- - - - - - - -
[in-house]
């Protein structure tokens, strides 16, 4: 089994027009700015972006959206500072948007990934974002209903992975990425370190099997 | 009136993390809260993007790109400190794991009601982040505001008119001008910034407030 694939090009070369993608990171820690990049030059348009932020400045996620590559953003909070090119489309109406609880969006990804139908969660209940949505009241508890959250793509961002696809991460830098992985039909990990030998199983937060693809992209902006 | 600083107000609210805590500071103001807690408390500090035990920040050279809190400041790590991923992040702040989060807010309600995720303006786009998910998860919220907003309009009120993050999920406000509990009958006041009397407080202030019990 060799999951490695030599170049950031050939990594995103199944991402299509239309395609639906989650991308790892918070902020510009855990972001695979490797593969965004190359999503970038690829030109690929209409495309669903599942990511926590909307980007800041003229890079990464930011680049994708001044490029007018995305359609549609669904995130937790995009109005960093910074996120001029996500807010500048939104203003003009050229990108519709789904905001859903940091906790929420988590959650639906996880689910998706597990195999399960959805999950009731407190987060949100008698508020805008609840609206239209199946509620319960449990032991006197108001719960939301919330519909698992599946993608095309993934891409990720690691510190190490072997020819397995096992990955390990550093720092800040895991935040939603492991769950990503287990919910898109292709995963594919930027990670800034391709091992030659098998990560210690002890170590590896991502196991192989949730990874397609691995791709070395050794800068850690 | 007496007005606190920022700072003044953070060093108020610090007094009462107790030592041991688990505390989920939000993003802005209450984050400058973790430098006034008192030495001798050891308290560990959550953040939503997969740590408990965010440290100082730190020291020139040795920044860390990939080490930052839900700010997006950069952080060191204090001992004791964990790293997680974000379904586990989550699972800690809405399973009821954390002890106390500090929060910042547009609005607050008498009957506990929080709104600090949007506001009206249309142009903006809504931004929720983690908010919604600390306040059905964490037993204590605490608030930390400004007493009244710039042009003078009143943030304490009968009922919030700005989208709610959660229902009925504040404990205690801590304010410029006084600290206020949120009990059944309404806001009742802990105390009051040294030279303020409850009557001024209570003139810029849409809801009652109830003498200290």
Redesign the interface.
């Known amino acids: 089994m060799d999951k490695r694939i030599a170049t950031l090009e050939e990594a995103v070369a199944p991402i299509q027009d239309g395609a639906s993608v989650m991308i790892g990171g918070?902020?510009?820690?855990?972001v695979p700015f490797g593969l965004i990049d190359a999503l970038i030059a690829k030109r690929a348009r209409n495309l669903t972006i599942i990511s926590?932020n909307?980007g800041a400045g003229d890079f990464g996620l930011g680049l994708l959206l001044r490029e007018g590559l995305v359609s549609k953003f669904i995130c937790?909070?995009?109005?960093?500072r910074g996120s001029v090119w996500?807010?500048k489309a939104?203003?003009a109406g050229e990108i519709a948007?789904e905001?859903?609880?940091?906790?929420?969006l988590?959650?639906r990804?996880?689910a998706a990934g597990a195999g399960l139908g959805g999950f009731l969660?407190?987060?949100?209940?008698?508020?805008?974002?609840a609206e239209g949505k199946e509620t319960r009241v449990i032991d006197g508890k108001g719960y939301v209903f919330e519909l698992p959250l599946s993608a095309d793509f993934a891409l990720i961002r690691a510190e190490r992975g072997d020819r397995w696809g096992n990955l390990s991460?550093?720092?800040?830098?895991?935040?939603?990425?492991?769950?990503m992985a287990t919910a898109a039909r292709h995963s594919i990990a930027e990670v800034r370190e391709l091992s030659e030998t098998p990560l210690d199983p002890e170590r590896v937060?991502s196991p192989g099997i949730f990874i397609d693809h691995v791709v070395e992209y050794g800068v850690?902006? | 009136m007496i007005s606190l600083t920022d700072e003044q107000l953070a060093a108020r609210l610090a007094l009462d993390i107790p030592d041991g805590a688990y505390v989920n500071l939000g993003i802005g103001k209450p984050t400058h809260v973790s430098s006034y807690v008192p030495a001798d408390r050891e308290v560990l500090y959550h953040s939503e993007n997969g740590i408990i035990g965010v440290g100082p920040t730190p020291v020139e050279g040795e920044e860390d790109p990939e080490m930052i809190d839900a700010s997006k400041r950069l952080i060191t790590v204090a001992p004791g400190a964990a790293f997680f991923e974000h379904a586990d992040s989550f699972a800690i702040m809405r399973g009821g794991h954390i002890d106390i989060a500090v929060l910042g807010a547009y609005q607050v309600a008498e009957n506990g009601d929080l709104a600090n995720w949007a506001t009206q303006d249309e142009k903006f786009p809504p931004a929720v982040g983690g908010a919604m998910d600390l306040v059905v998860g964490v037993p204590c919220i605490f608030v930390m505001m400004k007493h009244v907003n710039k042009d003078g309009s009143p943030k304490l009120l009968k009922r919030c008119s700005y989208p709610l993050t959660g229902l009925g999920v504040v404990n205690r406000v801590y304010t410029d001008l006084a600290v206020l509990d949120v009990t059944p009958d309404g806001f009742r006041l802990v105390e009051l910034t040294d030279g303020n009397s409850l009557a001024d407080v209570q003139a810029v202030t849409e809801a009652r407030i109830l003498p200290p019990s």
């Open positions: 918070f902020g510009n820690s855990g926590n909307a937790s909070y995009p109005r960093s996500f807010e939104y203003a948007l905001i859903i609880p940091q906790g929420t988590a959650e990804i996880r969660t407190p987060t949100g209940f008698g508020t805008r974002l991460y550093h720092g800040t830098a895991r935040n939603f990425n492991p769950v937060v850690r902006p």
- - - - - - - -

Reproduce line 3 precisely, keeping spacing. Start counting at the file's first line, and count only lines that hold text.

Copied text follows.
Redesign the interface.